Mia Love May Have to Defend Romney When It Comes to Welfare and Race

The biggest star at the RNC on Tuesday night may not be Ann Romney after all, based on the crowd’s enthusiastic reaction to another speaker: Mayor Mia Love from Utah. 


Love is running against Democrat Jim Matheson; if elected, she will be the first black Republican woman ever to serve in the U.S. House of Representatives. 

Love’s campaign ad, which served as the introduction to the Mayor’s comments at the RNC, touches on central themes in her campaign—limited government, individual agency, and not being a “burden to society.” Whether she intended to do so or not, Love may have placed herself in the middle of one of the hottest debates happening in the GOP: the intersection(s) of race politics and social services like welfare.

And what, exactly, are Love’s stances on these topics?

On her website, Love lists her issues as fiscal discipline, limited government, and personal responsibility.  Love proclaims, “Today, however, we find ourselves in a situation where roughly half of American citizens receive some form of financial assistance from the government. And, when only half of American citizens pay any federal income taxes, this is a situation that cannot continue without lasting damage to our American society.”  

This platform has won her support from members of the Tea Party. Love has declared her intent to help repeal Obamacare and other “ineffective government programs” like education and return control of those services to the state.  

However, she does not see this as a racialized issue. In the same interview, she states, “Wrangling over what to cut and eliminate is a relatively new process in Washington which threatens the liberal left agenda of expanding government and programs. Shouting racism has long been a weak tactic for attempting to shut down debate in the absence of a principled response.” 

To Love, if anything is racist, it is the very social programs she aims to dismantle.

“I believe fiscal discipline, limited government and personal responsibility are vital to a stronger America.” Love continued.  “Nowhere is this message more important than among the lawmakers who profit from promoting an unsustainable entitlement system rife with failed poverty programs that perpetuates the culture of government dependency and discourages self-reliance among black Americans.”

She expressed similar sentiments in her RNC speech, emphasizing that her parents, who immigrated to the U.S. from Haiti, taught her to never accept a handout.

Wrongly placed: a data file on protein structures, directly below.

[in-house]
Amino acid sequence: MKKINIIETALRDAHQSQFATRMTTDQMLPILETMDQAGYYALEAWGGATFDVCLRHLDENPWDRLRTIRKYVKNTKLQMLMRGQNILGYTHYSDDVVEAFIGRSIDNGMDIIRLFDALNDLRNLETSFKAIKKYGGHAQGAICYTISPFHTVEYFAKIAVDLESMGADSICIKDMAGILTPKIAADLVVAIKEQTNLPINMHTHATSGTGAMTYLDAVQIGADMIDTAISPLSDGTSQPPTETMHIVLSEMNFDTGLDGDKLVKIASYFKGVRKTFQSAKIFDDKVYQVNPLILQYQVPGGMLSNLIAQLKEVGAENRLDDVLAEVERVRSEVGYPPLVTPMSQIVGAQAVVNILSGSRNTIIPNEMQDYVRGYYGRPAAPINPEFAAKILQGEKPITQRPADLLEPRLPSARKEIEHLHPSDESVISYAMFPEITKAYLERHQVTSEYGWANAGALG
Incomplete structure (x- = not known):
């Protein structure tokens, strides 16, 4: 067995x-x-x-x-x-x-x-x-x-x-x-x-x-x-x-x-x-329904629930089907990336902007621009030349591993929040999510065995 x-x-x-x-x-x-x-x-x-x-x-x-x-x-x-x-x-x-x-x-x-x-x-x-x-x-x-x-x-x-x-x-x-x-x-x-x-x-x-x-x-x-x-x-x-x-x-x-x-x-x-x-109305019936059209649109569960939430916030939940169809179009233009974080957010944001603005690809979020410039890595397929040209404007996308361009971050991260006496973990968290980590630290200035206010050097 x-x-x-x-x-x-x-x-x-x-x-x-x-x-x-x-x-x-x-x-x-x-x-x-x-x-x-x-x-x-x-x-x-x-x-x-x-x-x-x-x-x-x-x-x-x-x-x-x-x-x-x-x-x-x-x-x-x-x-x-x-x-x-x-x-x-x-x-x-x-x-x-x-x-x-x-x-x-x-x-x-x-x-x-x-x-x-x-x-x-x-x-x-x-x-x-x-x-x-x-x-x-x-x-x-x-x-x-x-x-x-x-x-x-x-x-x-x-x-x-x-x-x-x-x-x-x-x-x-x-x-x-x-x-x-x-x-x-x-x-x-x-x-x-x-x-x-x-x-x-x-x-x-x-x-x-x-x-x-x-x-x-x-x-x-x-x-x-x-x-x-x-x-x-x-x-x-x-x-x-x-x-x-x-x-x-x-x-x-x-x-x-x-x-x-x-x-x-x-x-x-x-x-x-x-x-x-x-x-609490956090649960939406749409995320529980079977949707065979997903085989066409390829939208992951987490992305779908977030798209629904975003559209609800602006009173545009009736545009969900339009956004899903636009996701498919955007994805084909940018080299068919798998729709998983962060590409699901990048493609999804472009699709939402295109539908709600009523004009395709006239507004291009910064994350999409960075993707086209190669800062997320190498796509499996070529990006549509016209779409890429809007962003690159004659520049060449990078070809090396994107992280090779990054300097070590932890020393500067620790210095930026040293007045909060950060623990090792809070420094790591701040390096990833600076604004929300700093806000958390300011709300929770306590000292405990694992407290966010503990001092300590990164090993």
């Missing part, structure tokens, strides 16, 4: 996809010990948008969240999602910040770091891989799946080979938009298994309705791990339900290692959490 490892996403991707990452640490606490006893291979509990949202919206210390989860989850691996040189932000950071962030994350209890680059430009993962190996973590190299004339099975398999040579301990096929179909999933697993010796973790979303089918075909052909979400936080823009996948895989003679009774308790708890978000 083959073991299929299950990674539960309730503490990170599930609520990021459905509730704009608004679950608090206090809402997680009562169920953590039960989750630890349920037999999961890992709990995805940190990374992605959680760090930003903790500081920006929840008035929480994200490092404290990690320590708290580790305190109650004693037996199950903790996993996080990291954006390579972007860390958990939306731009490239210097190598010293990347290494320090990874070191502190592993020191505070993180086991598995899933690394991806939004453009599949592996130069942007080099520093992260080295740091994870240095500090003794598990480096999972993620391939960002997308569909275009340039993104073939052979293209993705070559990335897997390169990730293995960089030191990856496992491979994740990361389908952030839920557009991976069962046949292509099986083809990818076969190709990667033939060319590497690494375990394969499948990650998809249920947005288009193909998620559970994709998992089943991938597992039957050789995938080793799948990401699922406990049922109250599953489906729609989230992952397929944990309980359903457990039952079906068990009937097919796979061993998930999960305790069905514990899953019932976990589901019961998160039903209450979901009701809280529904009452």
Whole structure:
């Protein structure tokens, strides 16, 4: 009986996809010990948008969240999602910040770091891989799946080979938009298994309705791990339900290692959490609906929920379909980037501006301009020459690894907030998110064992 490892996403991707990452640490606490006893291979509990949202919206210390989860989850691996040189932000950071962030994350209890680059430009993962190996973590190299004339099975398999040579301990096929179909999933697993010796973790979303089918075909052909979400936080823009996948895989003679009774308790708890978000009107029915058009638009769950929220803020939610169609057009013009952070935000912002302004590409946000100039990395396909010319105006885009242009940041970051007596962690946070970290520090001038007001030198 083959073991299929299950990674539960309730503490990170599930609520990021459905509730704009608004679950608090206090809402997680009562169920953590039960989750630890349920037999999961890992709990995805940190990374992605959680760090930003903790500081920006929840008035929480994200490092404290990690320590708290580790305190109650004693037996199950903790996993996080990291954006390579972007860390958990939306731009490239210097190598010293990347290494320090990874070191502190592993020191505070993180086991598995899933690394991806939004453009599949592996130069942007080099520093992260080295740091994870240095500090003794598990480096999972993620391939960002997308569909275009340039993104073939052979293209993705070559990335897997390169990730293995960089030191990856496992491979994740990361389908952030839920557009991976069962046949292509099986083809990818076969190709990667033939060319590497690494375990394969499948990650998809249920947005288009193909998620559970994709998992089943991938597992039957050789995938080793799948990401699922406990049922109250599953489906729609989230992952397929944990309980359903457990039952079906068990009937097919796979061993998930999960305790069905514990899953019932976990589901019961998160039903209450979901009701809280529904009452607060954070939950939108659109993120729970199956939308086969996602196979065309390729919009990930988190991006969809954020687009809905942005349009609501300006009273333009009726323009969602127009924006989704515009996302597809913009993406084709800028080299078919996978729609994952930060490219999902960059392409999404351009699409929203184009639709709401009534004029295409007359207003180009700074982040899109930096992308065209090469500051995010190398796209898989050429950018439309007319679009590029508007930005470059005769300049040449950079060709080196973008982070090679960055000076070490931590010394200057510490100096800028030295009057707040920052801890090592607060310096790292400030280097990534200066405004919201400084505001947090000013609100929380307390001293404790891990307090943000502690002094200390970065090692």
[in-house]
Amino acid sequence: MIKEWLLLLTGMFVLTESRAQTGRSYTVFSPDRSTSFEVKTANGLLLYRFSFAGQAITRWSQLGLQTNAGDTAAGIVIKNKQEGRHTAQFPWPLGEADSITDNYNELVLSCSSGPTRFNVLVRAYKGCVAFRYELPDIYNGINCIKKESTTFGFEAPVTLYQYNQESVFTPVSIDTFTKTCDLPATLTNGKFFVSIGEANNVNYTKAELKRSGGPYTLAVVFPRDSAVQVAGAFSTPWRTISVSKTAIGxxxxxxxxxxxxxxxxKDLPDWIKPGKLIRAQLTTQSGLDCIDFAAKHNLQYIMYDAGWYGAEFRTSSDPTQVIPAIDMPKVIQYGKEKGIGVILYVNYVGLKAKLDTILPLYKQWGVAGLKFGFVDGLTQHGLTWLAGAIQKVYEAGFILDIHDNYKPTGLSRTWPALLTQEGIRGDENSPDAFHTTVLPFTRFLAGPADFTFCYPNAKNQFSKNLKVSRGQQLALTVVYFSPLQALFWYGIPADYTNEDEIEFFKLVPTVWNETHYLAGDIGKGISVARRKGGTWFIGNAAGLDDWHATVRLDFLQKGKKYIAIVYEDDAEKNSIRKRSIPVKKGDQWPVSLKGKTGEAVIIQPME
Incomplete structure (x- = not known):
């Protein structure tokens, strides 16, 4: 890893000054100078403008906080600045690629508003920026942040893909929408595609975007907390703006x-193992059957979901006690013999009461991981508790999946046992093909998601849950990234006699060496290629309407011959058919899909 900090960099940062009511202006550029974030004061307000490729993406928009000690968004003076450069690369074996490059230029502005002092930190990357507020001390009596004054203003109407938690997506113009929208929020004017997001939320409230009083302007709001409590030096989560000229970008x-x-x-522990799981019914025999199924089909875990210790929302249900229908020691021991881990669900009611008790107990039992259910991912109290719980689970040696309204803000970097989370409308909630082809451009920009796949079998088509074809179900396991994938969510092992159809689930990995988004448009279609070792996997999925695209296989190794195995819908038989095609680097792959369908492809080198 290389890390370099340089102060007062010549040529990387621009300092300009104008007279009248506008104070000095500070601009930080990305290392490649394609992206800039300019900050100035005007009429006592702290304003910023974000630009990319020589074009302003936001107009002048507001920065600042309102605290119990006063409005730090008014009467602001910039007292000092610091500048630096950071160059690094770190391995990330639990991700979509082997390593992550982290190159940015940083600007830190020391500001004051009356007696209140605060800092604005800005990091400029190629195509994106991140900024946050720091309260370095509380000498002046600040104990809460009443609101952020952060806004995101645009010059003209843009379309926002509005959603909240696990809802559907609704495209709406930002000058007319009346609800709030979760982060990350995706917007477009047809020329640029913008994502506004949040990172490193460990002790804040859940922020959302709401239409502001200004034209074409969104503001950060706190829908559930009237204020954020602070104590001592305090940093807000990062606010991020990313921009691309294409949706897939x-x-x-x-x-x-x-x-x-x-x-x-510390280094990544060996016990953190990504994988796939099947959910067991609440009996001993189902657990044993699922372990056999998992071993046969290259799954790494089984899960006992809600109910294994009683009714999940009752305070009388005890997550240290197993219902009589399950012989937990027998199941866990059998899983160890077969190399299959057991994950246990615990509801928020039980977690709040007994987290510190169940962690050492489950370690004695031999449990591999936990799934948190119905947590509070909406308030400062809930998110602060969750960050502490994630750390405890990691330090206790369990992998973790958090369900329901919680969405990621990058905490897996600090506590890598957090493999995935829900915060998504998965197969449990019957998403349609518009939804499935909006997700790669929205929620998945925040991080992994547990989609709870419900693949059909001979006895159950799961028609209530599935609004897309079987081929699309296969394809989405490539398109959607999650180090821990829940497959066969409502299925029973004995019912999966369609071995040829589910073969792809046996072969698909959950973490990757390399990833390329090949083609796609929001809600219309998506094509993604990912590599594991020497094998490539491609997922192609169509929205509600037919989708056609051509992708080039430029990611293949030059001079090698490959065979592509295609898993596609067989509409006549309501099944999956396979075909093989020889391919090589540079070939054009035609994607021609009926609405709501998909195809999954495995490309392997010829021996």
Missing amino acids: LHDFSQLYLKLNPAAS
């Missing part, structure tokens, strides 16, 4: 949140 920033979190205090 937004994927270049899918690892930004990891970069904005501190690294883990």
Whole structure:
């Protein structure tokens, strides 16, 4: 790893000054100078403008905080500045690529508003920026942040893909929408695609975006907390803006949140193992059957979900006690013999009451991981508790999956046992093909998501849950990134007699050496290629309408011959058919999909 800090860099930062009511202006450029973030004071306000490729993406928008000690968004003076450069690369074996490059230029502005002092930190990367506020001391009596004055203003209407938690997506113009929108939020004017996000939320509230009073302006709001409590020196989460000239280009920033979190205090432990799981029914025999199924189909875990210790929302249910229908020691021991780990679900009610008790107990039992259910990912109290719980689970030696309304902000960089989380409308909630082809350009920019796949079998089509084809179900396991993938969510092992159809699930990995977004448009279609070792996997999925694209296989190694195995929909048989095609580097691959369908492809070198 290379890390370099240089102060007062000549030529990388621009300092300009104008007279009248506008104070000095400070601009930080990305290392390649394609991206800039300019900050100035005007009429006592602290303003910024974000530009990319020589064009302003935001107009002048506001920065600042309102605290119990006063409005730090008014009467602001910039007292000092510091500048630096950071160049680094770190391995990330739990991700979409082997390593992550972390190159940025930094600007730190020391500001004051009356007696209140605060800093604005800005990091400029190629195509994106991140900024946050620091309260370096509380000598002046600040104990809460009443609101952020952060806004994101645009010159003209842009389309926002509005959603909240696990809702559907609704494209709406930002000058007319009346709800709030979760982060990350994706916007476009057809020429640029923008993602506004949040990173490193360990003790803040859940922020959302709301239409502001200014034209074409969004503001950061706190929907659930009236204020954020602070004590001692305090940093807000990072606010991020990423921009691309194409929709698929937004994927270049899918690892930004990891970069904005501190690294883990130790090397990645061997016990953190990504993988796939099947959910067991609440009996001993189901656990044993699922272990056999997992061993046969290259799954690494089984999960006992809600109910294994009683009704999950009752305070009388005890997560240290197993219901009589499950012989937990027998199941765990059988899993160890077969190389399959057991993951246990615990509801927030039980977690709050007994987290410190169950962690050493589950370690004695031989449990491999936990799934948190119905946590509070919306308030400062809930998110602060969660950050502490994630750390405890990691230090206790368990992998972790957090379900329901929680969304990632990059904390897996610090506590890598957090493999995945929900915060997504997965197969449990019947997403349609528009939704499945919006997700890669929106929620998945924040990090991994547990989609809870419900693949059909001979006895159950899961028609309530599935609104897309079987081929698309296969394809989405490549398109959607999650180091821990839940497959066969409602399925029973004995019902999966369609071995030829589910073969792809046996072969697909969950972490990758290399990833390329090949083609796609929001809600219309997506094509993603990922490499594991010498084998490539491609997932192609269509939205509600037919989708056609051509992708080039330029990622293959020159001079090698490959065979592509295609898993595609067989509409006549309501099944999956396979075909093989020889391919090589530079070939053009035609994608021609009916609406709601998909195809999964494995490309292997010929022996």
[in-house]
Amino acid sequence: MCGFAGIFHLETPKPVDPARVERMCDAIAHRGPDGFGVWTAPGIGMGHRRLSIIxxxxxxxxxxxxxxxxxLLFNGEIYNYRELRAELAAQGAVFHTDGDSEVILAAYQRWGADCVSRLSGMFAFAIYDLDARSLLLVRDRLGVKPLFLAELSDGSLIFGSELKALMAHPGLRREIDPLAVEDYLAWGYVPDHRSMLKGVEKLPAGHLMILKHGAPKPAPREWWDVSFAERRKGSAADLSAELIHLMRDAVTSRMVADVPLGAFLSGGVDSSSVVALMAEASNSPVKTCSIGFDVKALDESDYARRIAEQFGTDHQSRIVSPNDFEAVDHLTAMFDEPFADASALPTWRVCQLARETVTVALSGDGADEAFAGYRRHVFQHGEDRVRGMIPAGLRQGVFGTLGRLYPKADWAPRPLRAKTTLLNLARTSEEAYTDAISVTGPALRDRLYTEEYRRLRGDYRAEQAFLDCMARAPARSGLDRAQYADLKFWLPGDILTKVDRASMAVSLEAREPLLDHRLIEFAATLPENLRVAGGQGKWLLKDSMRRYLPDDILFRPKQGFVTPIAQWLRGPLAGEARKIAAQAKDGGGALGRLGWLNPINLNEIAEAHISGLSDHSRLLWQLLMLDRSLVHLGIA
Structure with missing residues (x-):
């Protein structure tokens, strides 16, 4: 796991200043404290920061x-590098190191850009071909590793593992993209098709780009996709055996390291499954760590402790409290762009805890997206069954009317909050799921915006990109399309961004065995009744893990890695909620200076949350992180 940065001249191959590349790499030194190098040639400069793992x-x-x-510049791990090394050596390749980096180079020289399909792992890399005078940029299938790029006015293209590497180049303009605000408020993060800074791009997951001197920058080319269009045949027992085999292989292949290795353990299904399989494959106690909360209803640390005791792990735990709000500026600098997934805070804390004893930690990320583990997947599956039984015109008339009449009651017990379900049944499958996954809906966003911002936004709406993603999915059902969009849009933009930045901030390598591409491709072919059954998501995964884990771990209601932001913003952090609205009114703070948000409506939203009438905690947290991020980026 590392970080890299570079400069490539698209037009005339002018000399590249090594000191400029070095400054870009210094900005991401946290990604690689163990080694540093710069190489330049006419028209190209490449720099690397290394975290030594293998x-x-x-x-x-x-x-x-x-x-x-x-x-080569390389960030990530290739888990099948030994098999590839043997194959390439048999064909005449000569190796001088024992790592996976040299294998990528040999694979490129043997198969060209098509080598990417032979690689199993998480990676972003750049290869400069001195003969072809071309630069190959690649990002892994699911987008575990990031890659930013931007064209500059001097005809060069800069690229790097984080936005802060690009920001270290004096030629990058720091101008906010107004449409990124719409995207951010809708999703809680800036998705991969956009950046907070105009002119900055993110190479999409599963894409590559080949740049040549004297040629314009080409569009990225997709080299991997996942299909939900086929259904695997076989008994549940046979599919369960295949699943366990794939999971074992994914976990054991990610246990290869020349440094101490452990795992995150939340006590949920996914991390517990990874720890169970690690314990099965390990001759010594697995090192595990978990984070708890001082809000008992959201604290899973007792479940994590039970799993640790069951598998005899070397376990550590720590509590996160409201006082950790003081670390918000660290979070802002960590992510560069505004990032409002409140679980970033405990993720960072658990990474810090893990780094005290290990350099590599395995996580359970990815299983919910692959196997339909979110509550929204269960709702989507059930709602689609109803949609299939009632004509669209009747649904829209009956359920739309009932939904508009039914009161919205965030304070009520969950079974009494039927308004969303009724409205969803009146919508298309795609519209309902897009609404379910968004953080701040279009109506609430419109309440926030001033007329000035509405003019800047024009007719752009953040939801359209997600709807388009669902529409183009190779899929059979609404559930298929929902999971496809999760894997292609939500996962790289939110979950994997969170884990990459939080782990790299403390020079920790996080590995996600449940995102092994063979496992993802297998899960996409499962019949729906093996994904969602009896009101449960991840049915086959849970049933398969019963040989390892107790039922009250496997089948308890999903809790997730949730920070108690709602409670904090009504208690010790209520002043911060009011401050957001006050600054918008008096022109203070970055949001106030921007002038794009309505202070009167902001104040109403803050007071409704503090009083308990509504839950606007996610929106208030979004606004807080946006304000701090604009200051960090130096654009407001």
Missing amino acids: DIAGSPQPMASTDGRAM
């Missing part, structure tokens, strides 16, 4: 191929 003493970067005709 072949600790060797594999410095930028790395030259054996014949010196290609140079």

While the Mayor tipped her hat to Rosa Parks and Martin Luther King Jr. during her speech, she decried Obama, claiming that the President has been pitting Americans against each other on the bases of economic level, gender, and social status – though she made no mention of race.  

Love has criticized Obama and Vice President Joe Biden before for creating racial division where she says there isn’t any. Love downplays her own race, emphasizing that voters should examine her fiscal record instead. (She has also said that if elected, she would try to dismantle the Congressional Black Caucus.) “We’re focused on color and race when we should be focused on pursuing the future and preserving this country” she said in an interview. “I don’t [talk about race a lot] because that doesn’t define who I am.”

While race may not define who Love is, it appears to matter to the Romney campaign. The Huffington Post and others speculate that Love was chosen to speak at the RNC in order to highlight the party’s diversity — on Sunday, Herman Cain mentioned her specifically as an “ABC”, American Black Conservative — and in order to appeal to both African-American and women voters. Love herself has said the same.

Given recent charges of racism leveled against Romney and Ryan, and her own warm reception at the RNC, Mia Love may find herself placed in the tricky situation of re-navigating both her own beliefs about the impact of welfare on African-American communities  in order to support the GOP candidate.  

Love is right to point out that as a congressional candidate, she should be evaluated based on her political track record rather than her race. She should nonetheless pay attention to instances where those issues may overlap—if not for her own sake, than for Romney’s.

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Sam Meier

Samantha Meier serves as the Identities editor at PolicyMic, where she writes on activism, gender, and new media. Sam was profiled in the New York Times for co-founding Sex Week at Harvard, and is currently working on a book about women and underground comix. Originally from Flagstaff, Arizona, she currently lives in New York.

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